2.5 min read

Brushing is a good habit to form as part of pet dental care. It’s a nice addition to professional cleanings.

While there are a lot of tricks we can teach our pets, brushing their own teeth is not one of them. Alas, this task falls to owners. 

Get started with a pet toothbrush and paste

Look for a soft-bristled toothbrush (emphasis on soft) with small-diameter nylon bristles (hard bristles can damage the gums). 

Firehouse sells toothbrushes. They’re also sold at pet stores. Some can be very large. So, if you own a cat or small dog, choose a finger brush or a brush developed specifically for cats, which also works well for small dogs.

Choose a toothpaste specifically made for pets. Firehouse recommends using one with the VOHC logo to confirm it’s been vetted by a trusted organization. Pet toothpastes come in flavors that appeal to animals, such as beef or chicken.

Don’t use human toothpaste. It can contain xylitol, a sugar substitute that is toxic to dogs. Even if your toothpaste isn’t sugar-free, it can have foaming agents that can cause an upset stomach if swallowed. So be sure to buy a pet-friendly toothpaste

A finger brush (left) and the VOHC logo on a product (right), showing the Veterinary Oral Healthcare Council has vetted the product as high quality.

Build your brushing routine slowly

Maintaining good pet oral health is easier than it seems! First, don’t forget your pet’s yearly dental cleaning at the vet. Second, add brushing to your routine. 

This will be a gradual process. Ideally, you’ll start in the puppy and kitten phase. Yet, it’s still possible to build a positive regimen if you’re starting later in your cat or dog’s lifespan!

  1. Start by letting your pet lick the toothpaste off your finger. 
  2. Next, introduce the toothbrush. Let your pet lick the paste off his or her new toothbrush.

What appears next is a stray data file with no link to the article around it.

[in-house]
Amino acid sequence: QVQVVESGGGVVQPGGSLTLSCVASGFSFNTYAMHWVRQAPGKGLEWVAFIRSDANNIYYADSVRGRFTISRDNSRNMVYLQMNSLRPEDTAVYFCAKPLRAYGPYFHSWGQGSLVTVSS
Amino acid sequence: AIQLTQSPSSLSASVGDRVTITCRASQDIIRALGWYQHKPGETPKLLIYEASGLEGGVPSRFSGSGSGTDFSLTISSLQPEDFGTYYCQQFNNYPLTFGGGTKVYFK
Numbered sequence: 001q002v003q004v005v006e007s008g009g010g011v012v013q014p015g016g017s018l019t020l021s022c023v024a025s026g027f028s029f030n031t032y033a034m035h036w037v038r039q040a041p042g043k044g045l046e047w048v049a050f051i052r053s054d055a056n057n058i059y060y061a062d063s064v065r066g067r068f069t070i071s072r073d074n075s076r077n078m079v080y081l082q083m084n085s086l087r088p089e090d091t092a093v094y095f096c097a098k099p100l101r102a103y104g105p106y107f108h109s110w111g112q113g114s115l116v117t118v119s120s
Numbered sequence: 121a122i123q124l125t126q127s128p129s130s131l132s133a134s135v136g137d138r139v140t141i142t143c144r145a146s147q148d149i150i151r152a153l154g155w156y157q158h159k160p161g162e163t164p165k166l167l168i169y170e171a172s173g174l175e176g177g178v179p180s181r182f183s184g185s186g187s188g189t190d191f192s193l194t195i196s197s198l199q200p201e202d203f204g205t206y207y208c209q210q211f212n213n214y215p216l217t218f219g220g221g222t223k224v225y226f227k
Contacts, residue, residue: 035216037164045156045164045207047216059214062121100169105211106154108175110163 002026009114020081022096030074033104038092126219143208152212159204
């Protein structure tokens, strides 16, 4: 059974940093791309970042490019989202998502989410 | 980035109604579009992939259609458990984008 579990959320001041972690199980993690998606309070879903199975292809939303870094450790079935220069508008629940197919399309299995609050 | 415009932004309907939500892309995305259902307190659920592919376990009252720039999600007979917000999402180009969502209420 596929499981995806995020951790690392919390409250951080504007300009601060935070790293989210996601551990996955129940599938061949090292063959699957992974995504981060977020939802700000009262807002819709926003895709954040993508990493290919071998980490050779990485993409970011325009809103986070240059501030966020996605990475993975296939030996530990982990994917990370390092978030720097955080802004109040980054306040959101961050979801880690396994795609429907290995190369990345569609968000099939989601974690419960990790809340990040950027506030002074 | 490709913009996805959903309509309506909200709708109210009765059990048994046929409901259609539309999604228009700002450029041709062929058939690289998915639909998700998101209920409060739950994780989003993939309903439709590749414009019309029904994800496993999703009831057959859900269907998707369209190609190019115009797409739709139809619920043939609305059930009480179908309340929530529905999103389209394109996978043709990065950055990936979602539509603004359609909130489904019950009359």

3. Graduate to brushing the teeth after a few days. Run the brush over the teeth for 30-seconds. 
  4. Praise your pet at each step to associate brushing with a positive experience.

Brushing is the first step to keeping your pet’s teeth healthy. Rotten teeth cause pain and leads to tooth extractions as seen above.

Healthy mouths = healthy bodies

Healthy teeth keep bacteria out of your pet’s body and staves off pet dental disease. In fact, it helps prevent a lot of diseases! That’s because swallowed tooth bacteria enter your pet’s bloodstream and harms their organs (heart, liver, and kidneys). 

So, while daily brushing is the first step to overall good pet health, it’s not a substitute for yearly check-ups and cleanings at Firehouse.

This is especially true for “smooshy face” dog breeds like pugs and Frenchies or cat breeds including Persian, Scottish Fold, and Himalayan. That’s because these breeds have the same number of teeth but crowded into a smaller space. Their teeth are twisted to fit and don’t have the protective gum tissue that normally surrounds each tooth. This results in lots of places where debris can linger. Yearly dental cleanings at Firehouse are a must for these breeds.

90% of Firehouse docs don’t brush their pets’ teeth

You read that right! Yet, all Firehouse docs bring their cat and dog to the hospital once a year for an annual teeth cleaning under anesthesia. 

It’s OK if you can’t brush every day. Try it once in a while. Pet-specific toothpaste has enzymes to help break down tartar and prevent plaque. So a little brushing is better than nothing. We don’t want you to feel bad if your pet doesn’t take to it or you can’t fit this into your routine. Again, that’s why yearly dental exams and cleanings are so important. It’s a chance for us to see what’s happening inside your pet’s mouth.

We’re here to answer your tooth brushing questions. Need some advice? Ready to make your pet’s yearly check-up? Call us anytime. We’re here for you 24/7.

For more information, you can view these short videos from Dr Stacy Mozisek

What’s the craziest pet toothpaste flavor you’ve seen? “Seafood. Hands down. But dogs and cats really love it!” Dr Jennifer Moon, Firehouse Leander

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